Coca-Cola has gone on record to state,
“Parents tell us they prefer to be the ones teaching their children about beverage choices. That’s why for over 50 years we’ve adhered to a company policy that prohibits advertising soft drinks to children”
So clearly their newly announced plans to sell Star Wars themed bottles at Disneyland and Disneyworld must be targeting adults.
Nothing wrong with a liquid candy company trying to sell liquid candy (that’s their literal job after all), but don’t lie and pretend you don’t target children with your marketing or that you care about anything other than profit.
When it comes to associations, causality matters – the importance of which is easily understood when considering childhood obesity and inactivity. Whether inactivity leads to kids to gain weight, or whether weight leads kids to become inactive have very different implications
My very publicly expressed bias is that childhood obesity drives inactivity, and there’s data to support that assertion including this study whereby when observed over time in 8-11 year olds, weight gain predicted inactivity, while inactivity did not predict weight gain, leading the authors of that study to conclude,
“adiposity is a better predictor of PA and sedentary behavior changes than the other way around.”
As to what’s going on, if I were to venture a guess, it’d be some combination of obesity related abject bullying (multiple studies demonstrate bullying is associated with decreased physical activity and obesity has been shown to be the number one target of schoolyard bullying, not to mention the fact that bullies may make fun of heavier kids when exercising explicitly), being one of the worst/slowest on a team, and increased effort involved, that lead heavier kids to decreased MVPA (moderate-to-vigorous physical activity).
Now I’ve blogged before about the Coca-Cola funded ISCOLE trial almost entirely ignoring the possibility that childhood obesity drives inactivity rather than the other way around, and recently, another study came out of the ISCOLE group that did the same.
(and if you’re interested, here’s a published discussion of the emails between ISCOLE investigators and Coca-Cola that not surprisingly suggests that these relationships have the very real potential to influence the framing of results even if funders not involved in study design)
The study, Joint associations between weekday and weekend physical activity or sedentary time and childhood obesity, published in the International Journal of Obesity, looked at weekday and weekend levels of MVPA and sedentary time in 9-11 year old children in 12 countries and their associations with obesity.
Yes, they were found to be associated.
Though they do have a single throwaway line speaking to causality,
“It is not known whether lower levels of physical activity are the cause or the consequence of obesity”,
that did not stop them from writing this as their final line and conclusion,
“Since children have more discretionary time during weekend days than weekdays, children should be encouraged to increase physical activity during weekend days, especially a high level of MVPA“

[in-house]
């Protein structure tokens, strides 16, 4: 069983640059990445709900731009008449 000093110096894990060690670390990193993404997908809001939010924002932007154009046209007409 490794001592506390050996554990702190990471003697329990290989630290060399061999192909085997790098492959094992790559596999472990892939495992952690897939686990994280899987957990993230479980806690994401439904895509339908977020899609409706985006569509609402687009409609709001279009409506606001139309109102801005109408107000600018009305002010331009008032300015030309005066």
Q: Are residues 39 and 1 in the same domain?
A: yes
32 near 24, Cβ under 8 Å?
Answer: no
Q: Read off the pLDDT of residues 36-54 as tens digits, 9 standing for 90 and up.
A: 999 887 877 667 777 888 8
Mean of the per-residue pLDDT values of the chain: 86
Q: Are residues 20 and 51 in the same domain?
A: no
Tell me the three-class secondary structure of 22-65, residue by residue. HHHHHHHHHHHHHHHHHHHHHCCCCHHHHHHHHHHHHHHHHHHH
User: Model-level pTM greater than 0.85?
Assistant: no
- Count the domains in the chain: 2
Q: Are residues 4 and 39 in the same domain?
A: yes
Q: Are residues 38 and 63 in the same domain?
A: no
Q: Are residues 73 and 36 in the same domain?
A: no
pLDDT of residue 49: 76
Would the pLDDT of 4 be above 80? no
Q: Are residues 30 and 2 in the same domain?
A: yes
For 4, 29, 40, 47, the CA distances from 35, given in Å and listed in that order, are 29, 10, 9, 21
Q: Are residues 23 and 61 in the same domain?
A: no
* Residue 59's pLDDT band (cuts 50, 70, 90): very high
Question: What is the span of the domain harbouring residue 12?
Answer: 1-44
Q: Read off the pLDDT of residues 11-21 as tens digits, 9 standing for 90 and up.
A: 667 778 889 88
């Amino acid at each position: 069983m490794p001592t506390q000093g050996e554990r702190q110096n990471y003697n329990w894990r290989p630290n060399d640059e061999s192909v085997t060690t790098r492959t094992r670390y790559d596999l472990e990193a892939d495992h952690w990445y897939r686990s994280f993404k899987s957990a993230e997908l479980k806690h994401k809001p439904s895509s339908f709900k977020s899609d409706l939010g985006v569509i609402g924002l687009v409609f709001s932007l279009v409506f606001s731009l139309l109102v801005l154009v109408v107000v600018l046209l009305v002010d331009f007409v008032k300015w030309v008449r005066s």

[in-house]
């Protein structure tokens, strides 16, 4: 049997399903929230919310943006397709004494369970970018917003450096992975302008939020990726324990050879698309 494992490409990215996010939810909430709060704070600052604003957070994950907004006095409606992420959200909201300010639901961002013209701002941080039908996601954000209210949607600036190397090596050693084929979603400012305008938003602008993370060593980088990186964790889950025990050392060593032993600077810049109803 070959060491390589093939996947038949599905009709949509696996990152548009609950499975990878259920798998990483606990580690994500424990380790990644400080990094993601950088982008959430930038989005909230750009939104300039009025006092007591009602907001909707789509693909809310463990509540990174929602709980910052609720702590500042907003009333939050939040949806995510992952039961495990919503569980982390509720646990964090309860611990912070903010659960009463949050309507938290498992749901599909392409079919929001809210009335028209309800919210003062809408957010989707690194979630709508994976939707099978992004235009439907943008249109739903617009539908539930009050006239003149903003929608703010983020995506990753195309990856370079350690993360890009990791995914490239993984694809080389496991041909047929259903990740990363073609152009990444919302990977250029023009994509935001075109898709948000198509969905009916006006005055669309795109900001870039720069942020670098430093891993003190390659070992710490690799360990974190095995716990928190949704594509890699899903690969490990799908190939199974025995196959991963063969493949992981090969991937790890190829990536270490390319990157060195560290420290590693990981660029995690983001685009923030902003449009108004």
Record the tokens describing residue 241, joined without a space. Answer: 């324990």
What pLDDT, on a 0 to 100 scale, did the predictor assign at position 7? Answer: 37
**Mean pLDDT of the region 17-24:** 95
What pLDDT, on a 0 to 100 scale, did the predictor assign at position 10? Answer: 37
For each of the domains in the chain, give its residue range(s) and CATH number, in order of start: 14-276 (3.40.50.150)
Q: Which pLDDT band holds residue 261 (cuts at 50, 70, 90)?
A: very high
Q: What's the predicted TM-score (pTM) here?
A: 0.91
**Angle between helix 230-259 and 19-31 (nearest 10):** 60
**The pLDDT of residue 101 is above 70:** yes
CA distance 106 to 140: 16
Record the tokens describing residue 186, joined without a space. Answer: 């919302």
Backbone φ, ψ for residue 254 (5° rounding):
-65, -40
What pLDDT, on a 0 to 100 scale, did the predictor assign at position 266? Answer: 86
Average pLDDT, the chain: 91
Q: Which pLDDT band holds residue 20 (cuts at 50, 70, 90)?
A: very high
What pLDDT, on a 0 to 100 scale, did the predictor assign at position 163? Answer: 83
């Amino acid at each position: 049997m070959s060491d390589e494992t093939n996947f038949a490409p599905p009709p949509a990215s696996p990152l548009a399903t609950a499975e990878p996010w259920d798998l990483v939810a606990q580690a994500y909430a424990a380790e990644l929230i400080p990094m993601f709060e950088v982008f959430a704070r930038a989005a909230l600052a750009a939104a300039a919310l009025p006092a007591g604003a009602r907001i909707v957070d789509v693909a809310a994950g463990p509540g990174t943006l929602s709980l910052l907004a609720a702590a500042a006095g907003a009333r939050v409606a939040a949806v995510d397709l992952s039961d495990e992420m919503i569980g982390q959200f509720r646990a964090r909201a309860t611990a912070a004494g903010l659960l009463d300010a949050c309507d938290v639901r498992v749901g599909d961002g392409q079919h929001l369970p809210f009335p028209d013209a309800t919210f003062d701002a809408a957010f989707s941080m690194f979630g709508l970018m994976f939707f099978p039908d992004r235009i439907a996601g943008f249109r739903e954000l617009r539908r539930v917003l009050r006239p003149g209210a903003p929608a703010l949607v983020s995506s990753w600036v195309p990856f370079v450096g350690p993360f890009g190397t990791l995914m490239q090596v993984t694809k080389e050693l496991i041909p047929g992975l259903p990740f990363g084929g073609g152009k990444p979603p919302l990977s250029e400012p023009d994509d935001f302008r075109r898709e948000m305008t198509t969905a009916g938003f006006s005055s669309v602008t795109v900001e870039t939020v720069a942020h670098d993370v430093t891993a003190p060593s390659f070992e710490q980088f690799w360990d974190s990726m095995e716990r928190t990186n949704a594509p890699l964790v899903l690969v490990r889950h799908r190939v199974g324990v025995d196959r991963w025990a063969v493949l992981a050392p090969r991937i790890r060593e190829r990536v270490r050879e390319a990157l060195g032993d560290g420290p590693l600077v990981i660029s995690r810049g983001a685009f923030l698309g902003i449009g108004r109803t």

which while true on the basis of health as a whole, when framed in the explicit context of childhood obesity as it is in this paper, seems to deny the much more likely case that weight simply slows kids down.
And honestly, that matters.
It matters because one of the most predominant stereotypical narratives of obesity is that it is a disease of laziness and ISCOLE’s recurrently utilized framing supports that stigmatizing message. It also matters because, if considered at least by the parents I regularly see in my office, inactive children with obesity are being regularly judged (and sometimes even shamed or bullied) by their well-intentioned parents for not being active enough to lead them to lighter weights and I can’t help but wonder if this would still be the case if the meat of the discussions in these sorts of papers focused on the barriers to physical activity erected by childhood obesity itself?
I would love to see more research done on the various mechanisms by which childhood obesity might contributes to inactivity, and more longitudinal studies designed to test causality, rather than paper after paper with conclusions that to my confirmation bias at least, ignore the many reasons why kids with obesity are understandably less likely to be physically active, and in so doing, fail those poor kids.
A few weeks ago I noticed the Center for Science in the Public Interest giving kudos to Disney and to The Lego Movie for their licensing of their cartoon characters to sell pineapples and bananas.
I don’t share their enthusiasm.
In part that’s because neither Disney nor the Lego Movie have any qualms licensing their characters to sell crap to kids. McDonald’s recently announced that Disney’s happily taking many millions of dollars from them (actual dollar cost not announced, last was $100 million) to once again include Disney toys in their Happy Meals, while the Lego Movie, well they’re already in Happy Meals.
But my bigger objection is that we shouldn’t be targeting children with advertising in the first place because why should anything be advertised to a population that has been shown to not be able to discern truth from advertising? And so even if the advertisements happen to fit with your definition of what’s good for kids, it doesn’t change the fact that it’s plainly unethical to allow advertising to target children period.